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UK Mar. Retail Sales Improve On Warm Weather: BRC


Retail sales in the UK rebounded in March as unusually warm weather encouraged spending on clothing, footwear and outdoor leisure, the British Retail Consortium (BRC) said Wednesday.

Retail sales rose 1.3 percent on a like-for-like basis from March 2011. This followed a 0.3 percent decline in February and was better than economists' forecast for no growth. On a total basis, sales were up 3.6 percent against a 1.9 percent decline last year.

Food sales growth was steady compared to the previous month but non-food sales growth improved. March's sunny weather boosted sales in clothing and footwear and also encouraged outdoor leisure, BRC said.

However, larger purchases continued to be affected by consumer caution. Meanwhile, online sales of non-food items grew 13.9 percent annually, marking the best result since December 2011.

The sales comparison is against the weakest month of last year, largely caused by the movement of Easter in the calendar, BRC noted.

The unusually warm weather in March brought some welcome sunshine into the lives of non-food retailers, BRC Director-General Stephen Robertson said. "The early signs of summer got people buying clothes and shoes for the new season."

Robertson noted that growth in food sales continues to be largely underpinned by food inflation rather than by customers buying more. He said that discounting remained a key tactic for retailers to woo consumers who are still struggling to balance household budgets against expensive fuel and utilities.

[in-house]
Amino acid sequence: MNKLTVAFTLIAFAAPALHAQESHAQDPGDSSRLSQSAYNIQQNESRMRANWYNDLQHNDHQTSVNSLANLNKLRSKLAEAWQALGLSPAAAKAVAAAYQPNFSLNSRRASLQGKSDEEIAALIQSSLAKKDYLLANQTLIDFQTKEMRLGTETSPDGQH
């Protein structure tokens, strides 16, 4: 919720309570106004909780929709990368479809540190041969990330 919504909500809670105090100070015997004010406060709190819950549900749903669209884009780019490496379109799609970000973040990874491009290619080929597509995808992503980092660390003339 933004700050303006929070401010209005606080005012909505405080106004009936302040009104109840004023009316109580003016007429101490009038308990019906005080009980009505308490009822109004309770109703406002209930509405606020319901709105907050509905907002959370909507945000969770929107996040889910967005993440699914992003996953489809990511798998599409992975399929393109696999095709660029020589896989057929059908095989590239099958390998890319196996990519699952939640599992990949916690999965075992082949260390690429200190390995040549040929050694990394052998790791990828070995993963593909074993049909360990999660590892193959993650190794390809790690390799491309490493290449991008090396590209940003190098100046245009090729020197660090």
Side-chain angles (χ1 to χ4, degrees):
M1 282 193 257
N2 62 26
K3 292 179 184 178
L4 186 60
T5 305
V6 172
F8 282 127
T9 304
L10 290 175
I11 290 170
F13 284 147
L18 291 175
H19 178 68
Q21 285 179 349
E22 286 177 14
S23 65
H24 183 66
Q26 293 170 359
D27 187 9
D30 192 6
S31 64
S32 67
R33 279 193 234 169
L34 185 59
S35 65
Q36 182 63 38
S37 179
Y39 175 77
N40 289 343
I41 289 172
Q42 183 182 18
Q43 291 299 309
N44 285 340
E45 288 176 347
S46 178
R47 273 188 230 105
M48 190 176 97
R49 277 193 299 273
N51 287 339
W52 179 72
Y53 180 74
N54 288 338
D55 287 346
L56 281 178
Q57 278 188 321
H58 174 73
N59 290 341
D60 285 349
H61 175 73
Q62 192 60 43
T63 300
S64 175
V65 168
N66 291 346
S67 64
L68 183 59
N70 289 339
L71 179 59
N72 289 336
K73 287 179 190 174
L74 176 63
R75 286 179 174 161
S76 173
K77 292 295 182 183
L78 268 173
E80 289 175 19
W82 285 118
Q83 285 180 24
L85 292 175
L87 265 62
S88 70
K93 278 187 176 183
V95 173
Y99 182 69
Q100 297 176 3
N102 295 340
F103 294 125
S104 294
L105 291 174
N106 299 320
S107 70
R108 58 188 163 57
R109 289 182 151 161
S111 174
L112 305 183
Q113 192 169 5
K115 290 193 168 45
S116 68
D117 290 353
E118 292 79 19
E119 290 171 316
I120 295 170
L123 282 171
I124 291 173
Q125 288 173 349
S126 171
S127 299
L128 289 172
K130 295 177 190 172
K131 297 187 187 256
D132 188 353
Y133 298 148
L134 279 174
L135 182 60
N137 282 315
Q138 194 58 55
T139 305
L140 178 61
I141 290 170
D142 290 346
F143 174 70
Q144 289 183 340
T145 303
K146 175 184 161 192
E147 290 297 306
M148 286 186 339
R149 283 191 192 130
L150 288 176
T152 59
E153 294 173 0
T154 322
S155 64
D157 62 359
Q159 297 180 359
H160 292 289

High unemployment, muted wage growth, inflation as well as tight austerity may continue to weigh on consumers' confidence in the coming months. The economy contracted 0.3 percent in the fourth quarter. Despite the overall weakness, the economy is expected to avoid a technical recession.

Meanwhile, the Recruitment and Employment Confederation (REC) and KPMG report on jobs, published today, revealed that permanent staff placements increased for a third month in a row in March, but at a slower pace compared to the previous month.

"This is good news for job-seekers and a positive indication of increasing employer confidence," Tom Hadley, REC Director of Policy and Professional Services, said.

Overall demand for staff strengthened in March, but candidate availability rose at a weaker pace, according to the report.

by RTTNews Staff Writer

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